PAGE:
War vets go to Njelele for cleansing

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More than 700 war veterans descended on the sacred Njelele Shrine, Matobo district in Matabeleland South on Saturday afternoon for a “cleansing ceremony”.

According to officials at the shrine, the group, which was travelling in a convoy of six buses, 16 commuter omnibuses and more than 30 private cars, caused a stir when they arrived in the normally quiet rural area.

When NewsDay arrived at the shrine yesterday, shrine custodian Solifa Ncube said the former freedom fighters had left on Sunday evening and headed to Chief Malaki Masuku’s homestead.

“There were so many of them,” said Ncube. “We took them to the shrine where we performed cleansing rites.”

A beast was slaughtered for the occasion.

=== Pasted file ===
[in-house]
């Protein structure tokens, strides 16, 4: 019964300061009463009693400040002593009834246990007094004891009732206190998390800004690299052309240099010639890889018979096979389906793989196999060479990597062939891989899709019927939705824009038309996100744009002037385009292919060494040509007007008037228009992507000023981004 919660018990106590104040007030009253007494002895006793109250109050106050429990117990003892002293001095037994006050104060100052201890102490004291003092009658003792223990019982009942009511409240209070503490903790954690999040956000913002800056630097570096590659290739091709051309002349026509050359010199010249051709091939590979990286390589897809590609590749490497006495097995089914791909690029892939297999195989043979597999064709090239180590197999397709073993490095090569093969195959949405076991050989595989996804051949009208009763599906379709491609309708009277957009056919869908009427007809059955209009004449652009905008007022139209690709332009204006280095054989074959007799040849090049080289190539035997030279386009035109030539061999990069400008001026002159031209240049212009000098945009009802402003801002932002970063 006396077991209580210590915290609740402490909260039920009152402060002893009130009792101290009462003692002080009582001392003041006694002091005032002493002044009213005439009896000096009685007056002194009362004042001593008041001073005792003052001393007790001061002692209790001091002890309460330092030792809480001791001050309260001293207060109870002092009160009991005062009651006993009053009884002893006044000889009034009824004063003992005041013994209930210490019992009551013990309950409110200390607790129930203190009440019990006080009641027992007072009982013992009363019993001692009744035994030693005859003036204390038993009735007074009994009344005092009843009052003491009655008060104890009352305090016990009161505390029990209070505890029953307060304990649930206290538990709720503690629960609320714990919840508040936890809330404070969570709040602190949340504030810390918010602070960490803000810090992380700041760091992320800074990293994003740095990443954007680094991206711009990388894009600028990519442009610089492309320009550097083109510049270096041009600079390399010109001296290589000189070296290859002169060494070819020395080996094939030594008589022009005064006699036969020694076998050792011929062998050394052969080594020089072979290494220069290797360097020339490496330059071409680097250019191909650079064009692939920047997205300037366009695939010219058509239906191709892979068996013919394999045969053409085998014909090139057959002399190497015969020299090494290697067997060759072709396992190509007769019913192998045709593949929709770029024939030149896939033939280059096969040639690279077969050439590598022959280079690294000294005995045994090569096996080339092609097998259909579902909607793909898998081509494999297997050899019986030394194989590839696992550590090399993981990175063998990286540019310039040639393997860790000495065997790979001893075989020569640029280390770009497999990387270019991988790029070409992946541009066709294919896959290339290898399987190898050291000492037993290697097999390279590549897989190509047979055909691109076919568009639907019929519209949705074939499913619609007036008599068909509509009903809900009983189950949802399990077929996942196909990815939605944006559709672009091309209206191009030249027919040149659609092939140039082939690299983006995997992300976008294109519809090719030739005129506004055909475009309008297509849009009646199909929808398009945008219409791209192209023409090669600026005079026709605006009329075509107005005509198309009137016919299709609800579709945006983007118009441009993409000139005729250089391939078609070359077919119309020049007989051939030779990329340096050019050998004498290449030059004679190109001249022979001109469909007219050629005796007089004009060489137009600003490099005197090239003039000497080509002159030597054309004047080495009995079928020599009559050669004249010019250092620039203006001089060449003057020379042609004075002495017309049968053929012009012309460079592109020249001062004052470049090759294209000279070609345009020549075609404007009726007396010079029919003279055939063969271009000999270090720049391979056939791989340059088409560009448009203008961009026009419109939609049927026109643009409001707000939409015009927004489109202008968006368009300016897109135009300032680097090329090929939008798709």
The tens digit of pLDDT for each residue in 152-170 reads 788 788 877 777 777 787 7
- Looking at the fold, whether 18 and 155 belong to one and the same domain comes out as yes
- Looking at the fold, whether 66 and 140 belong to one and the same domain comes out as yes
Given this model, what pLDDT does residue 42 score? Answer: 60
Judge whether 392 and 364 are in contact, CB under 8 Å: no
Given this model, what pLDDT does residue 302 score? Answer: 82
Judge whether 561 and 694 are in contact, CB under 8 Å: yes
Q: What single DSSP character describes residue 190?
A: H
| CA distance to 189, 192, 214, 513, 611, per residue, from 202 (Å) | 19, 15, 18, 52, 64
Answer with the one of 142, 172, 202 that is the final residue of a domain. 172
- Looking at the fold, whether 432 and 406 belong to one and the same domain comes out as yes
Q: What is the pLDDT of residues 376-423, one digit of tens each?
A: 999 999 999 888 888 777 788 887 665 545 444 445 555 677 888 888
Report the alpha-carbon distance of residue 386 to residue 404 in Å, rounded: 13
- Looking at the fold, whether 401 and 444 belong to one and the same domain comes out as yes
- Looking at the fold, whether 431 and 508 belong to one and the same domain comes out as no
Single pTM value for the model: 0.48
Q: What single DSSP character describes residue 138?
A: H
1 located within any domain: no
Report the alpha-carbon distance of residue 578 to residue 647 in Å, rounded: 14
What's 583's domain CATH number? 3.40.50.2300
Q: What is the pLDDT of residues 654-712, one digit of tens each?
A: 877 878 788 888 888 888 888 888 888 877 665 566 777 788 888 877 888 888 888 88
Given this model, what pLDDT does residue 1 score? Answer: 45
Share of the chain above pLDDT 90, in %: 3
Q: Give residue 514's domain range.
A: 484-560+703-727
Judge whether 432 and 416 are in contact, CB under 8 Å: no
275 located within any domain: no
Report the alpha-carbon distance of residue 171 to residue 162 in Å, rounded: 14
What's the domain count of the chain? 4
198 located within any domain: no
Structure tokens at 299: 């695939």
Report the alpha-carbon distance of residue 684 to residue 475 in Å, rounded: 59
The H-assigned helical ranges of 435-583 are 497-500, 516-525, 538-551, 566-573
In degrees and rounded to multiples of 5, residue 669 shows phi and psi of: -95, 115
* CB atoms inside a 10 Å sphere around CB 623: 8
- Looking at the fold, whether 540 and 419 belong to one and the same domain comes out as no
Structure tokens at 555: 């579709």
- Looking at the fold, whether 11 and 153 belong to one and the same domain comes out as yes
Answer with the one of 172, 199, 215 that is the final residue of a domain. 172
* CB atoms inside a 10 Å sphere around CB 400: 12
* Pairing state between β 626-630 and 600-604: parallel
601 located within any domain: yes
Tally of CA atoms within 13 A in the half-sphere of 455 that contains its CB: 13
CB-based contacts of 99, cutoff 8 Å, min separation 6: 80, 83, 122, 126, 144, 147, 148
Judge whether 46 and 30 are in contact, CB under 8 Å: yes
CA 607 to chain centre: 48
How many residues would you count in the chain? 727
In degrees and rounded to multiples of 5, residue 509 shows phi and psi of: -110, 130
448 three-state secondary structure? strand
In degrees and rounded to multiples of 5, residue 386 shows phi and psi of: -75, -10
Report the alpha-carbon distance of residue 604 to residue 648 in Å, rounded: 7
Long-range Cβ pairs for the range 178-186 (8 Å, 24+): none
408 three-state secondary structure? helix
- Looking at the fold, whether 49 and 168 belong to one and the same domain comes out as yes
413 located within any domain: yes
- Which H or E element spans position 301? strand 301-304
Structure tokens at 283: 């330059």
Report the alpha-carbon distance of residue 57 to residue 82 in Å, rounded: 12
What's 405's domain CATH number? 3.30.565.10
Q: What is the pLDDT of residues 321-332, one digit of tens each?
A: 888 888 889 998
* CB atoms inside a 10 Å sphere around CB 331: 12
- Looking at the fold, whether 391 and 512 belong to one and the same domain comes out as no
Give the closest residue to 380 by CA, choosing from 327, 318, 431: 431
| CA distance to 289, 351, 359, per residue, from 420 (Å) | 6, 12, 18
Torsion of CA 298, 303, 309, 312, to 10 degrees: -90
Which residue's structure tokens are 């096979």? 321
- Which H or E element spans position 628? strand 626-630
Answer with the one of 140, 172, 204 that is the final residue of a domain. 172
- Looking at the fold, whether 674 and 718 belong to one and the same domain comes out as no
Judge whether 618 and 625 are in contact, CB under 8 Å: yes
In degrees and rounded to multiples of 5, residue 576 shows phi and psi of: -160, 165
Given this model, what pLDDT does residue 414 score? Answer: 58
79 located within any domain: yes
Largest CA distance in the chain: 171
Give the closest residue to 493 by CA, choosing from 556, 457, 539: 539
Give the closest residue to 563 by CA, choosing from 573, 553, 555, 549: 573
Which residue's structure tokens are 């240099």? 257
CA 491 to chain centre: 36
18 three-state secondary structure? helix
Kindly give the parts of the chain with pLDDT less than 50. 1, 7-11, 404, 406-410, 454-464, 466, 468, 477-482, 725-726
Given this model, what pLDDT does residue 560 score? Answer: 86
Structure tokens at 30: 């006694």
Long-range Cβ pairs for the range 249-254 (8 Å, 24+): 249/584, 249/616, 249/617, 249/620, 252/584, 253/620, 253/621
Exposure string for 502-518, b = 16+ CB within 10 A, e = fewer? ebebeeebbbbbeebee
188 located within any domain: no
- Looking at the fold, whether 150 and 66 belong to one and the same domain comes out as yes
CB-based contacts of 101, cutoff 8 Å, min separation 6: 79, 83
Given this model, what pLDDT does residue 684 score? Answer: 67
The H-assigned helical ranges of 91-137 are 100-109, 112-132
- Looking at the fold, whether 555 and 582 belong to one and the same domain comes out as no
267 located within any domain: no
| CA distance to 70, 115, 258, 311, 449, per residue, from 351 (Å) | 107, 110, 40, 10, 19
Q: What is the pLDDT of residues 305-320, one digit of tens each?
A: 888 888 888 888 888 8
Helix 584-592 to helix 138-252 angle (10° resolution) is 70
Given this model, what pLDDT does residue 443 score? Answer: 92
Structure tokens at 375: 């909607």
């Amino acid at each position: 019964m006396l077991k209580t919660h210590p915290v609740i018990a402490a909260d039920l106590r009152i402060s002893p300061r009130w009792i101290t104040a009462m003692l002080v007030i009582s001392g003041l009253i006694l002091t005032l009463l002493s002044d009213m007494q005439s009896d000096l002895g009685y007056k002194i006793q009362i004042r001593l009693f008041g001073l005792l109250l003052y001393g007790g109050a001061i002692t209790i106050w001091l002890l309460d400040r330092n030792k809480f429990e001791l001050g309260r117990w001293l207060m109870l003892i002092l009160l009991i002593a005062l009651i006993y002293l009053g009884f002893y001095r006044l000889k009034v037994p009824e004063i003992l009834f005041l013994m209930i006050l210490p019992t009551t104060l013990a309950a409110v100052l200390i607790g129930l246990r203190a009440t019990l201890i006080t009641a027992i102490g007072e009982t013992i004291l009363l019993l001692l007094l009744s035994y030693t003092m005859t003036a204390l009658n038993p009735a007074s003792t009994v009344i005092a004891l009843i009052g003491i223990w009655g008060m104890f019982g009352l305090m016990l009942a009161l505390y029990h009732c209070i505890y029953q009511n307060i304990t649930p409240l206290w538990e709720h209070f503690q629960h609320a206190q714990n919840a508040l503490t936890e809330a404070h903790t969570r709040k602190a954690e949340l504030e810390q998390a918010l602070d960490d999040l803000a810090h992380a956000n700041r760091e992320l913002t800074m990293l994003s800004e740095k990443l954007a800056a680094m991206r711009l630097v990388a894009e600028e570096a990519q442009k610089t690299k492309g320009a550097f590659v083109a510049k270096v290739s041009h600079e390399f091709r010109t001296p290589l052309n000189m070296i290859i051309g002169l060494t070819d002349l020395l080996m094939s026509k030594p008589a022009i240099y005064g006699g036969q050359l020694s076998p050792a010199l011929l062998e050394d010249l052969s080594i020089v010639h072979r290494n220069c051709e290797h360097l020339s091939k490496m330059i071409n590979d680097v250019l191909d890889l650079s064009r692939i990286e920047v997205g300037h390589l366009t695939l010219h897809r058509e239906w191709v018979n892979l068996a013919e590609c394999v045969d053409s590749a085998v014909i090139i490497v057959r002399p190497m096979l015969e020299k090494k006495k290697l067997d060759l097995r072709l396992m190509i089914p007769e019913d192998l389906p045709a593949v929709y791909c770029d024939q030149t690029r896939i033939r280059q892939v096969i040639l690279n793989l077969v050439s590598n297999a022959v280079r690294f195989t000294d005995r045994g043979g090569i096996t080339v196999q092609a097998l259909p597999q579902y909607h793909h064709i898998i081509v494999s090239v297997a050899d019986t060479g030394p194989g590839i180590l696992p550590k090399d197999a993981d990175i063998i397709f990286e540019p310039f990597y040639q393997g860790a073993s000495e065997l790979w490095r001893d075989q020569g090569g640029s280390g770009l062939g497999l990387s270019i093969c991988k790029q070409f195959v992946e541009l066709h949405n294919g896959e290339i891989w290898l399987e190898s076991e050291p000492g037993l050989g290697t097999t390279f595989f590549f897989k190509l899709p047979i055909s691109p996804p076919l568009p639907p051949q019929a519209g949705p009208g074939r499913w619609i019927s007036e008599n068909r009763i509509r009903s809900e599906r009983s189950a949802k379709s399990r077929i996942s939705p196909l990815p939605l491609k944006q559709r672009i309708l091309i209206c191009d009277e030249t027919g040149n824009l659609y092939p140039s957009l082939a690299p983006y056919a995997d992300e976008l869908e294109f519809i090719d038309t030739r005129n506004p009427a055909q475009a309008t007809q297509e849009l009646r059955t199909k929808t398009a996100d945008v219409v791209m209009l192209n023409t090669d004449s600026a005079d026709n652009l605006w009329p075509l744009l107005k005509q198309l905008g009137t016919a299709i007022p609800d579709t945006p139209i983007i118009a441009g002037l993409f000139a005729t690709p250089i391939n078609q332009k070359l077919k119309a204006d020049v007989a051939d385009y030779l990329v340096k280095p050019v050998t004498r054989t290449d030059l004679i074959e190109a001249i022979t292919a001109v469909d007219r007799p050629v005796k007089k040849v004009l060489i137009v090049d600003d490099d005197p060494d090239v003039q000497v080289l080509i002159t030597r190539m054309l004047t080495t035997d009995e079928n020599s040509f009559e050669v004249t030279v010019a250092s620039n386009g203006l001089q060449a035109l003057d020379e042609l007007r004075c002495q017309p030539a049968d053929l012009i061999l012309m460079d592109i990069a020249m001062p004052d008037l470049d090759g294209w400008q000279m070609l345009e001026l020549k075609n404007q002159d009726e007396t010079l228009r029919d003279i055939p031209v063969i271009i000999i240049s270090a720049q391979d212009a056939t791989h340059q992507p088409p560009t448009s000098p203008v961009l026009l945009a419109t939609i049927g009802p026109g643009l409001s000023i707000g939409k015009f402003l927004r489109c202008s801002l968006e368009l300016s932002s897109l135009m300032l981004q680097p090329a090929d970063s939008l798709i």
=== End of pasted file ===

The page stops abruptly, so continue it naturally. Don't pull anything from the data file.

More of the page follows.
The NewsDay crew was shown the fresh ox-hide which was left on the grounds to dry.

The war veterans reportedly sought to be cleansed following the 2008 bloody presidential election run-off where they led a reign of terror on suspected opposition party supporters and reportedly left at least 200 MDC-T supporters dead.

MDC-T leader Morgan Tsvangirai pulled out of the race citing a state-sponsored onslaught on his supporters.

Chief Masuku confirmed the war veterans had visited the Njelele shrine and his home for cleansing purposes.

He said the group claimed to have come from Harare, Mutare, Kadoma, Kwekwe and Rusape.
“They spent the night here on Friday, singing and chanting slogans. They came again on Sunday night before leaving today (Monday),” he said.

“They even had chiefs in their contingent.”
Chief Masuku said initially the group had problems getting police clearance to enter the shrine but later managed to get it after his intervention.

“Another group will come in August,” he said.

Contacted for comment one of the Zimbabwe National Liberation War Veterans’ Association (ZNLWVA) leaders, Joseph Chinotimba, however, professed ignorance about the cleansing ceremony saying he was out of the country for the past three weeks. “Check with Jabulani Sibanda (chairman ZNLWVA),” he said.

Sibanda was not reachable on his mobile phone throughout the day Monday.